Matias Brunacci, Virtualshamanism, 2018, screenshot of VR artwork. On view in “Speculative Cultures” at the Anna-Maria and Stephen Kellen Gallery at Parsons. Matias Brunacci
When does Tina Sauerländer sleep?
The Berlin-based curator, writer, art historian, board member, women in tech advocate and, increasingly, preeminent authority on new media and millennial art, is opening two big shows in less than a month (“Speculative Cultures” at Parsons in New York and “Touching From A Distance II” at Goethe Media Space in Toronto)—all while co-running Peer to Space, a curatorial and exhibition hub that has generated an average of three shows per year since 2010.
Originally from Kassel, Sauerländer co-founded Peer to Space eight years ago in Munich where she specialized in exhibitions that connect emerging media practices with the personal and every day. In the last three years, in partnership with peer to space’s Project Manager and co-curator Peggy Schoenegge, Sauerländer’s curatorial practice has focused on art that employs virtual reality and augmented reality to illuminate the personal costs (and joys) of our over-saturated times. It’s a brilliantly counter-intuitive pairing: the technology of alienation meets the confessional.
Observer caught up with Sauerländer in New York as she put the finishing touches on “Speculative Cultures.” She was wide awake.
Observer: Why do we talk about digital media art as “new?” Is there a kind of glamour built in to thinking of the digital as being “new?”
Sauerländer: You ask that question while I am in New York, installing the show “Speculative Cultures” at The New School. And there is the New Museum and NewInc. just around the corner. Many things are called “new” here in New York, which may be related to the history of the U.S. and this city in particular. So yes, I guess there is some kind of attraction or glamour that comes with the term “new.”
Digital media art has a reputation for being very difficult to sell, as a product itself. Is this still true?
Yes, this is still true. The art market is tied to the system of uniqueness. It is still hard to sell digital files on sticks. But uniqueness contradicts with the nature of digital work, as digital files are identical and can be copied endlessly. This cries out for a new attitude towards digital art and its value that does not lie in uniqueness. It is the opposite. It lies in the accessibility of the works for everyone, from every part of the world.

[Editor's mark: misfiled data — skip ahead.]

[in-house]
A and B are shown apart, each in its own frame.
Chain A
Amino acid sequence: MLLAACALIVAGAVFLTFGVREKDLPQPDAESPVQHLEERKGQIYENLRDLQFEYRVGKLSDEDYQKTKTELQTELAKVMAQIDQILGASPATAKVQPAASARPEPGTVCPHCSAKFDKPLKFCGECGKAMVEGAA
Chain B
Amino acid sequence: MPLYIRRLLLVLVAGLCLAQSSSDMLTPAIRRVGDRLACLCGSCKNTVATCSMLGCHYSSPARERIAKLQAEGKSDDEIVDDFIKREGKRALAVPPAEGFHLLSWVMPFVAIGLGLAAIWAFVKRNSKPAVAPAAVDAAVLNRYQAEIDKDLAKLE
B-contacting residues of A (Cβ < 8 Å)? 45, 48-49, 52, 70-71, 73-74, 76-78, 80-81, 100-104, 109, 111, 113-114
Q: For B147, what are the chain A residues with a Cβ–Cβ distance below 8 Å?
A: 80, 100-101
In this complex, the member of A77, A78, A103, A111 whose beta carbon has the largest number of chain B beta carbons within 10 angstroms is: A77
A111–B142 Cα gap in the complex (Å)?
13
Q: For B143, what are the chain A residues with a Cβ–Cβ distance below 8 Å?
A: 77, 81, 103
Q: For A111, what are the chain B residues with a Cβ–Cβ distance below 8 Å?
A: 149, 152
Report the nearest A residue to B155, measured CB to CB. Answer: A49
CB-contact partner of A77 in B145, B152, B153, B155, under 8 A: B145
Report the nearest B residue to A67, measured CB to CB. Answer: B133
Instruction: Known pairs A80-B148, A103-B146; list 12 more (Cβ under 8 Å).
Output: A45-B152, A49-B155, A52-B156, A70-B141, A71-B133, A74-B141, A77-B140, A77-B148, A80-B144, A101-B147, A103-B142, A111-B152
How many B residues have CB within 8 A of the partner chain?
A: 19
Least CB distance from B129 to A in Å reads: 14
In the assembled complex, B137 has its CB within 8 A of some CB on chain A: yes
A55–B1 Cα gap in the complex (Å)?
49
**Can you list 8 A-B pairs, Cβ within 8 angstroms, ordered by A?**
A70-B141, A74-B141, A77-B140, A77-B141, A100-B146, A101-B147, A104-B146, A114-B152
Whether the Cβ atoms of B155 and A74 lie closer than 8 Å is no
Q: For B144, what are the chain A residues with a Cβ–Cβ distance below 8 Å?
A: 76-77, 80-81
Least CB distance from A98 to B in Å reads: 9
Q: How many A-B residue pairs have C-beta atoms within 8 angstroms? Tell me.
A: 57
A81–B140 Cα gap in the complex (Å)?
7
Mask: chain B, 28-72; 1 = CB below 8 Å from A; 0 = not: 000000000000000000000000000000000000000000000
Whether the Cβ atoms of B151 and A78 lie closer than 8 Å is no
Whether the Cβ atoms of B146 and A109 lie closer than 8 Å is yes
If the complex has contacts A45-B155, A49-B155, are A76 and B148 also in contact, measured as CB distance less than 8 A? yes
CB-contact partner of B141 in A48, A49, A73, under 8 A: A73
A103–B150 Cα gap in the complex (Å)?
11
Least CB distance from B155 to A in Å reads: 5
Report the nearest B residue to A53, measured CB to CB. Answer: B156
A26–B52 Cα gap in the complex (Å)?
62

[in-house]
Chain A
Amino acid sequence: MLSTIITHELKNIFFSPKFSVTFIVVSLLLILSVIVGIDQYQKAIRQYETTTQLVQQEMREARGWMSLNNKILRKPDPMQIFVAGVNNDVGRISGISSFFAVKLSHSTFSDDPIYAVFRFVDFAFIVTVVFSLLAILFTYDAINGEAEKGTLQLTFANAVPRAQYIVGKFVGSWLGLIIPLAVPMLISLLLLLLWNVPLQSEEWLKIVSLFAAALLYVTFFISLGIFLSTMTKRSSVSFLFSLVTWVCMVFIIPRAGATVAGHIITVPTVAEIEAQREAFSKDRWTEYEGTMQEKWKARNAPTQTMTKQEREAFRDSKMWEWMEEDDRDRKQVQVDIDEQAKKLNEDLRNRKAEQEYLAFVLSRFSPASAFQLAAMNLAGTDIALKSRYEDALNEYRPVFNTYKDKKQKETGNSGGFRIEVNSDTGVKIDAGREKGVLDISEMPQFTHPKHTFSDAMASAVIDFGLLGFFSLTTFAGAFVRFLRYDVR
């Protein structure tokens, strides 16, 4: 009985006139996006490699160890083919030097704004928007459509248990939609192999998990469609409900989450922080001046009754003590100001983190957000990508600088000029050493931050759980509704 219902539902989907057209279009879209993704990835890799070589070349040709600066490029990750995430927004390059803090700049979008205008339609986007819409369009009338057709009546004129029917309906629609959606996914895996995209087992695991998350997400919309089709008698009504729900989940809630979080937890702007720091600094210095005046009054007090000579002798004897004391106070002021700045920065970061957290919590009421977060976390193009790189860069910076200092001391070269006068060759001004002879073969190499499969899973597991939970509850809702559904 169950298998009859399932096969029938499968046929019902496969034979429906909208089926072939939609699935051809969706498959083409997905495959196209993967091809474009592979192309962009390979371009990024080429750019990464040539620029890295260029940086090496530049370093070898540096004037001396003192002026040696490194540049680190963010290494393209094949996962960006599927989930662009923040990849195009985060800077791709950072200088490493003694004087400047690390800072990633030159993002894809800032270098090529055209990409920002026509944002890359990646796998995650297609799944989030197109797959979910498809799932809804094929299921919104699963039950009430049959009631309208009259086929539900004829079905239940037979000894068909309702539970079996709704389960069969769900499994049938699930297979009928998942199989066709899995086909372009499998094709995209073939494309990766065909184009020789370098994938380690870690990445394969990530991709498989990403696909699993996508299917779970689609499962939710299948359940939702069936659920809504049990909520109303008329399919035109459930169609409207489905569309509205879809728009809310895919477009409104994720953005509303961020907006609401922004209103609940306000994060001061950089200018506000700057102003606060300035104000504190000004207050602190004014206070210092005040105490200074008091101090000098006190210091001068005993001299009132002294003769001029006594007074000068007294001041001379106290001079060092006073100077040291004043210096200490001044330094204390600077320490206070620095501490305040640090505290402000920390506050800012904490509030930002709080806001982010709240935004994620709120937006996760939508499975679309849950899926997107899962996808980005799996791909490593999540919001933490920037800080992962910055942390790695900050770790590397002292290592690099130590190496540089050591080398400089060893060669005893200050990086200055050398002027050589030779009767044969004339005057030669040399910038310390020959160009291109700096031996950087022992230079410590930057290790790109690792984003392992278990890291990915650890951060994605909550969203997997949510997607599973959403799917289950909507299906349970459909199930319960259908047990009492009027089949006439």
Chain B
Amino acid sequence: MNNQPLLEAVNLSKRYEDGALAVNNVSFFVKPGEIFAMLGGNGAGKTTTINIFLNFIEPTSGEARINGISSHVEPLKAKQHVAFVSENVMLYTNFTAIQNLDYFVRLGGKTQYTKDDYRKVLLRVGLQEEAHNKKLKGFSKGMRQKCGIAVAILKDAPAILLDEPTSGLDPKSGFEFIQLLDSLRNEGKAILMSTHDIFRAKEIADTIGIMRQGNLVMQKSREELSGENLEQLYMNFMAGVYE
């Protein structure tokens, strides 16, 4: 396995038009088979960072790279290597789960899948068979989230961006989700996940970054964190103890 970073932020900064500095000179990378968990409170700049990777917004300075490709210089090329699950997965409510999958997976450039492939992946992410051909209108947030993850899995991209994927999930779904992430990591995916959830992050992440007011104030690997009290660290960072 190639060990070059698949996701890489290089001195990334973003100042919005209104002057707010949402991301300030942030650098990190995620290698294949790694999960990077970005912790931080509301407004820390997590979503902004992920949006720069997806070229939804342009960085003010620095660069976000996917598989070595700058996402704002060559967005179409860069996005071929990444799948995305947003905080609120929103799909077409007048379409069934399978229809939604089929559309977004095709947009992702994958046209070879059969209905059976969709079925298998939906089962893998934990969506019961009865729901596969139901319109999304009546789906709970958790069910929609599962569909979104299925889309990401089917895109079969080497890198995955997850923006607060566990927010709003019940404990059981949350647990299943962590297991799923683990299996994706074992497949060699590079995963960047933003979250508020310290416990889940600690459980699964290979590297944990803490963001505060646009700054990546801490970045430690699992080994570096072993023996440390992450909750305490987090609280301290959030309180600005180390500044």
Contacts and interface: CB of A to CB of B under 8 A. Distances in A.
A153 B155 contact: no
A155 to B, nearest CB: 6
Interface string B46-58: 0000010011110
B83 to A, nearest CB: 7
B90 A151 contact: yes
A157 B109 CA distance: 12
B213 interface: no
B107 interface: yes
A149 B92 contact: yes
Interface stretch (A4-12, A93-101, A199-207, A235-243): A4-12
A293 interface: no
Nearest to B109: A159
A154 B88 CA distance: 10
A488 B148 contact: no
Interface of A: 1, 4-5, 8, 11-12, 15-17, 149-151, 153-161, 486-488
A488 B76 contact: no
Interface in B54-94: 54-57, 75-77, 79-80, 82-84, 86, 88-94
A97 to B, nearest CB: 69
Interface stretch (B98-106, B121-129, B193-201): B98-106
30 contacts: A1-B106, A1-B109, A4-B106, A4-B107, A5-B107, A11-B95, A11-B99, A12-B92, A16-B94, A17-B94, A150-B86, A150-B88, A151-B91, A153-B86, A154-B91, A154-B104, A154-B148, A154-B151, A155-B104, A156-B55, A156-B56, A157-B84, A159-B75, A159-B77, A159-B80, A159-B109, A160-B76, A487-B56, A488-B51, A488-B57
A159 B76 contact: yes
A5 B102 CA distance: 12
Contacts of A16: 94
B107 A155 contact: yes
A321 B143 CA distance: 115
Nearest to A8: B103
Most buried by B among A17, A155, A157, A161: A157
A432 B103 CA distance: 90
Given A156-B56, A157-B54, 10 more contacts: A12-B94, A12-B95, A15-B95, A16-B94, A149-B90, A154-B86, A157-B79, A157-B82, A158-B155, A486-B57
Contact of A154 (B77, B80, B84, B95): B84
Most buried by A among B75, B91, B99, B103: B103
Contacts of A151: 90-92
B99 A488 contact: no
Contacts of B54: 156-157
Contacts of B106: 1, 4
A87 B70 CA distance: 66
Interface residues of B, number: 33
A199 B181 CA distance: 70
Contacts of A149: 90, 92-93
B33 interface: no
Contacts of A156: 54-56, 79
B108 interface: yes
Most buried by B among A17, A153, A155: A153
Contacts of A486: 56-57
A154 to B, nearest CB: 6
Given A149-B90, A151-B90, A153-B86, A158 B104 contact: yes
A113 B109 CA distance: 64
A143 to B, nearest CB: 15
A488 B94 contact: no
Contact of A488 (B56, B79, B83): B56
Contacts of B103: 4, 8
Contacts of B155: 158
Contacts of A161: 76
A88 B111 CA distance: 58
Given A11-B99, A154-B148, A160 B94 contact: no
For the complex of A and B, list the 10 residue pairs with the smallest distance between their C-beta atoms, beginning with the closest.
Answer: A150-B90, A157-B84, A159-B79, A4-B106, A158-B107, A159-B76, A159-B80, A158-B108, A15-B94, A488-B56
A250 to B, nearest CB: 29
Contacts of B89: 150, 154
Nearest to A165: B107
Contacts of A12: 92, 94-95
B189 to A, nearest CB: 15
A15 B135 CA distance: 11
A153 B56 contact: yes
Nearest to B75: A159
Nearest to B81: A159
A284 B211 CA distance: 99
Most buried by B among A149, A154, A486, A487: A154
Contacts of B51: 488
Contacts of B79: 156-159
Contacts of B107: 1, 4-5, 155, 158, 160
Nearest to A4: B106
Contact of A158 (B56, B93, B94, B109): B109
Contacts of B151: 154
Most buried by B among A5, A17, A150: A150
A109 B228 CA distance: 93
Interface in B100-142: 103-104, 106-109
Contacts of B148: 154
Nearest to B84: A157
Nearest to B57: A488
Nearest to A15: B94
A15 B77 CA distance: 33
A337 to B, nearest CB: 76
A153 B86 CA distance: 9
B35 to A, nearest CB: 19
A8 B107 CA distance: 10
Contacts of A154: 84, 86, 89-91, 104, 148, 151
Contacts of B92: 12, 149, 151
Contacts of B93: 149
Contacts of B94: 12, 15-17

Tina Sauerländer. Jonas Blume.
Tell me about your curating practice. Do you spend hours looking for new works online? Also, what attracts you?
At a certain point I discover a topic that seems to be relevant for artists but also for others living in the same society. For example, “Speculative Cultures” came from us thinking about how many people actually are afraid of the new, or the yet unknown, of encounters with new cultures. “New” can also be something to be afraid of. The exhibition therefore presents artists from different parts of the world [who make] virtual reality artworks that speculate on new forms of cultures, thereby reflecting their own cultural background and history. Being all together in one exhibition space, the exhibition sheds light on differences but also on many similarities between the different cultures. Further, the exhibition shows that a culture is not something that is static tied to one place, but how culture and its manifestations (like rituals, visual language and spoken language) change over time.
I wrote about one of your shows, “When The Cat’s Away, Abstraction,” several years ago, and was struck by how much physical, IRL art I saw: art you could actually buy and keep in your home. Is there a kind of end game built into digital art, one that ultimately leads to a physical “product?”
The show was about how digital abstract visual language in art is not only part of the digital but also part of the real world. Digital art does not ultimately lead to a physical “product,” although this was one of the big accusations post-internet art had to face: turning the digital into a unique product to sell it. However, the show was not about post internet art. It was about how the IRL and URL worlds grow together. When the internet was new, we perceived it as the other world, as something parallel to the real world. This distinction is dissolving.
The Swan Collective, Here We Are – A Turing Torture, 2018, VR Experience (Still), 2018. On view in “Touching From A Distance II” at the Goethe Media Space. The Swan Collective
What is the commercial strategy behind shows positioned as new media art? In other words, how do artists make any money?
They license their work for screenings in institutions. This is why it is so important to pay reasonable artists fees. This should be obligatory by law.
The Goethe Media Space exhibition appears to be a bridge-builder between new media art and “traditional” art. Which leads to the question: Why do people still need connections to be made between new media art and “traditional” art when everybody uses the internet and is exposed to new media every day?
“Touching From A Distance II – Transmediations in the Digital Age” focuses on how the process of trans-mediation reflects our daily internet routine [wherein] we stay connected via intangible yet visible information. We constantly exchange information in analog, digital, visual or written form. The band Joy Division praised the effect of music conveyed through the radio with their 1979 song Transmission: “Touching from a distance…sound, that’s all we need to synchronize.”